Planning to switch from your beloved iPhone to an Android smartphone? Then here’s what you need to consider before making the transition.
Years ago, “iPhone” was synonymous with the word “smartphone”. Yet today, however, you may spend more than $1,000 for the chance of having your own Apple smartphones, and on top of it, you won’t even get a headphone jack for it.
In that sense, iPhones are not as invulnerable as it was considered to be before, but the great news is that you don’t actually need one. And that’s only possible if you’re willing to make the big jump from iOS to the Android platform.
You heard that right. Android, that brave little Google-built OS, has come a long way since its simple beginnings on the Motorola Droid. As of this moment, Android is the most famous mobile OS in the world, catering a wide selection of apps and a smartphone model to fit every lifestyle, and most of all, budget!
Given the fact that you’ve read through this article just implies that you’re already ready to make the big jump to the deep waters of Android. If you’re an Apple user for several years, then you might need some help getting accustomed to the Android platform, though. In reality, Apple locks you into a very tight environment, and even after you get your first Android smartphone up and running, the day-to-day usage will be somehow distinct than you used to be doing on iOS.
Nonetheless, in exchange for that big jump is the benefit of being able to install any application you want, manage your documents and files in any way you wanted it to be, and on top of it, spend a whole lot less cash on a smartphone if you so choose.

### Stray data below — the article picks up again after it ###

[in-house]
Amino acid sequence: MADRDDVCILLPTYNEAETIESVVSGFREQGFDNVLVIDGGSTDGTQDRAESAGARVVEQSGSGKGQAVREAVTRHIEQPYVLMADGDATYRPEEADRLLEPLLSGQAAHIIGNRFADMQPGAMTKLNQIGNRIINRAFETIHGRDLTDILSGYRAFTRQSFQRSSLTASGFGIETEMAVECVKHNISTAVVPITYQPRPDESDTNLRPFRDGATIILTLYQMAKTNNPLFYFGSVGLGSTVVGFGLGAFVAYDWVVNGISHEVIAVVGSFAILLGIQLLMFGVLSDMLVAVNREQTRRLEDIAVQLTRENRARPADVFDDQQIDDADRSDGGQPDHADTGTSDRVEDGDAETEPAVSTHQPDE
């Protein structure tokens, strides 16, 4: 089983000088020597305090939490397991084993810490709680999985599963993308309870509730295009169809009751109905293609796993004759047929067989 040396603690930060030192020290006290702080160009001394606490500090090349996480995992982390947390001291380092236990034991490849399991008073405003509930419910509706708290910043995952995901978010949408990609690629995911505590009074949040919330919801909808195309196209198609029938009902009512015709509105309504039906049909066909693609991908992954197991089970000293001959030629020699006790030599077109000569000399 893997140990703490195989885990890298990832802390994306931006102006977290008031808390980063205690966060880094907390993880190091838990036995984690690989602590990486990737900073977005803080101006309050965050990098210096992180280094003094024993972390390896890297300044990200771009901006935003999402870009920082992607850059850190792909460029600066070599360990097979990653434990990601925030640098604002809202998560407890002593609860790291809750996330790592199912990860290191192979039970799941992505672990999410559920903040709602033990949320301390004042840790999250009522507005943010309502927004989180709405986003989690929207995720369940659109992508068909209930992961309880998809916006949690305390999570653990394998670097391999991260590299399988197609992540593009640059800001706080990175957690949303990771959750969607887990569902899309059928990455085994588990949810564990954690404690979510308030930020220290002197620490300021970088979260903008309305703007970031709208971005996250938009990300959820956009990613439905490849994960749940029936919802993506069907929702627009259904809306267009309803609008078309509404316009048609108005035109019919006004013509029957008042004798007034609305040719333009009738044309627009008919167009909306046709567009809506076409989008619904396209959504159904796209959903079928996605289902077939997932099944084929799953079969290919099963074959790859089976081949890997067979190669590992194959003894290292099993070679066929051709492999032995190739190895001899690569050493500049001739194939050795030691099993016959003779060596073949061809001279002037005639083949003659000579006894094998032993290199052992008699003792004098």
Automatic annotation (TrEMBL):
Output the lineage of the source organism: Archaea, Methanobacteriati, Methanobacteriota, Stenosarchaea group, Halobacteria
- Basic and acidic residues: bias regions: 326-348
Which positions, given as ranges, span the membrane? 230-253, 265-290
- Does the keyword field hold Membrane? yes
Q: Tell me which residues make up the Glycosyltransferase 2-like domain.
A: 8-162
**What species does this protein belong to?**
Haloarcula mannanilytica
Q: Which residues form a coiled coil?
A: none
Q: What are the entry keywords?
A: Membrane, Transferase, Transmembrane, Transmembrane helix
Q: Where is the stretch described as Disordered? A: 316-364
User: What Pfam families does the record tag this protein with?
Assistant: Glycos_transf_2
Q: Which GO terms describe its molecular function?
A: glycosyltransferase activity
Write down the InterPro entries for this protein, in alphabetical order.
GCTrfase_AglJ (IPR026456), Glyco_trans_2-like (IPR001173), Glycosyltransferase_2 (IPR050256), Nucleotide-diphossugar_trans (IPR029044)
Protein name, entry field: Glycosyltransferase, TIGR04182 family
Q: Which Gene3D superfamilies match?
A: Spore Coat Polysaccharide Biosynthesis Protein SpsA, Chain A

Please do note that this is just a simple guide, and it shouldn’t walk you through each step in a very precise manner. If there’s a specific feature about which you’d like more info, then, might as well message us, and we’ll create a guide for that woe of yours.
Choosing a Smartphone
The most difficult, and the very first part of jumping from iOS to Android is choosing a smartphone that suits you. iPhone selection is generally pretty straightforward: You can see the latest model, both in large and small screen formats, and there’s the previous year’s model, which now cost less than it was before. There’s also a model from three to four years ago, which you’re able to purchase if you want your unit to become out-dated as quickly as you can imagine (At the time of this writing, those would be the iPhone X, iPhone 8 and 8 Plus, iPhone 7, and iPhone 6s, sequentially). Yet this year, we think that iPhone X shouldn’t be followed another iPhone, for not all are able to purchase it yet. Still, it only implies that will Apple, your options are limited.
That’s far from the truth with Android smartphones. There are hundreds, or even thousands (if we’ll be including the rip-offs) of Android devices out there, but even if you narrow down your search to your particular carrier and models that have launched within the last two years or so, you could find yourself with about 20 to 30 viable choices.
Reasons for Buying a Smartphone
Hypothetically speaking, before you choose a smartphone, you should create a mental list of what you use for a smartphone. If all you need are email and social-networking app, we think that you’re good enough with a simple budget phone. Now, if you’re a youtube addict or a music lover, a bigger display might be the one that suits you, as might expandable microSD storage and good speakers. Now if you’re a smartphone gamer, then we advise you to get something with a big amount of ram and a powerful processor.
Generally, there’s this one area that iPhones are commonly more masterful than the Android ones, and it’s the camera. If you’re planning to use your Android phone for photography or awesome blogging, then your best choice is to go for the flagship phone that’s highly similar to the cost of the iPhone. Always weigh your selections accordingly if changing isn’t unquestionably important.
Dispensing with Your Old Smartphone